Tournament Day 1: Things That Disappear

Today was a day of things disappearing!  I fully prepared everything I needed to play the first day of my mini-tour event until I stepped up to the first tee.  I realized that I left my range finder somewhere on the driving range of another golf course!  I had to walk all the yardages off old school—which were not as accurate, especially into the wind, as my range finder is!

Then my swing disappeared!  I wanted to use this tournament to “locate myself” with all the new swing changes I have been making.  I wanted to know how it would hold up under pressure. My swing was great on the practice tee, but the young tweety-birds I was playing with hit the ball hard and fast.  In order for me to hit it well, I have to hit it hard and slow.  Fortunately, I was able to discern how to recapture my “disappearing swing,” and hit it great again on the practice tee after my round.  I will do better tomorrow because now I know better.

During the course of my round, I then hit a shot in a sand trap. No matter how much we looked for it, we could not find it.  There was not even a trace of where it went into the trap. It just disappeared!  Yikes!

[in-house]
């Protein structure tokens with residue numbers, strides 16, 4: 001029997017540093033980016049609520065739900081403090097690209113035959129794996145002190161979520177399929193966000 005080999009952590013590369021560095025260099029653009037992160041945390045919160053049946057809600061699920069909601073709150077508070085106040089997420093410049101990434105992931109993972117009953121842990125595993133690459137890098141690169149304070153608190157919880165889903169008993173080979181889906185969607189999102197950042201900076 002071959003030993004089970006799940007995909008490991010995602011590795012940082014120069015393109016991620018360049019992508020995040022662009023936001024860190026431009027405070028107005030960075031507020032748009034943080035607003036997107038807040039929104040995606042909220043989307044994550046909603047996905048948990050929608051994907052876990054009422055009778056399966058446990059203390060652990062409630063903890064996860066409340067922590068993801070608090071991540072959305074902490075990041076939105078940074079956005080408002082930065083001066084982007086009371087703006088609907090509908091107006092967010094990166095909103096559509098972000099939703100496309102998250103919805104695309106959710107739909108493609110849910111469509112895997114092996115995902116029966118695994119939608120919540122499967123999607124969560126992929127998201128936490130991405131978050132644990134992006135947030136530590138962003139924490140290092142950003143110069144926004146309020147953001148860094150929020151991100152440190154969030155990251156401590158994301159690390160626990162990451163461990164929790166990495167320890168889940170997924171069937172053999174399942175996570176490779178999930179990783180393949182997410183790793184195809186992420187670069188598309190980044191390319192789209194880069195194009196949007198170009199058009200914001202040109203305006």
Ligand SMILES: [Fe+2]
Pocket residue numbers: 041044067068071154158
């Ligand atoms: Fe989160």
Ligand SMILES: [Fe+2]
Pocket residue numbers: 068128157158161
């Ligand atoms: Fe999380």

The biggest disappearance was the professional atmosphere which I invested $600 in to enjoy in this event.  One of the girls’ father was caddying for her and thought this was a good day to interject his rather boisterous comments into the round, disturbing my play, and turning a professional experience into a strange kind of social one. I had to stop numerous times to address the fly in the ointment.

In the midst of a day of disappearances, a few things appeared and rather noticeably at that.  Upon learning that my goal was to play in this year’s Senior Women’s U.S. Open, my playing partner spoke something beautiful and totally sincere into my life.  In a moment of reflection and clarity, she said, “I can see you playing in that.”  She saw the champion in me and spoke to it.  I can’t begin to tell you how much that meant to me in the middle of shooting a round in the “not so low eighties”!

The father of the other player came marching over to me after the round exclaiming, “You are one class act. The way you handled the other father was truly impressive.”  I was stunned–and blessed that he saw something standout in me despite my poor score.

While my range finder, lost ball in in the sand, professional atmosphere and swing disappeared, I was blessed with the evidence of my character and champion spirit showing up in full display.

Capturing that inner win–along with the re-appearance of my swing after the round—gave me a reassurance that tomorrow will be better–and hopefully, a lower score will appear as well!


Leave a Reply

Your email address will not be published. Required fields are marked *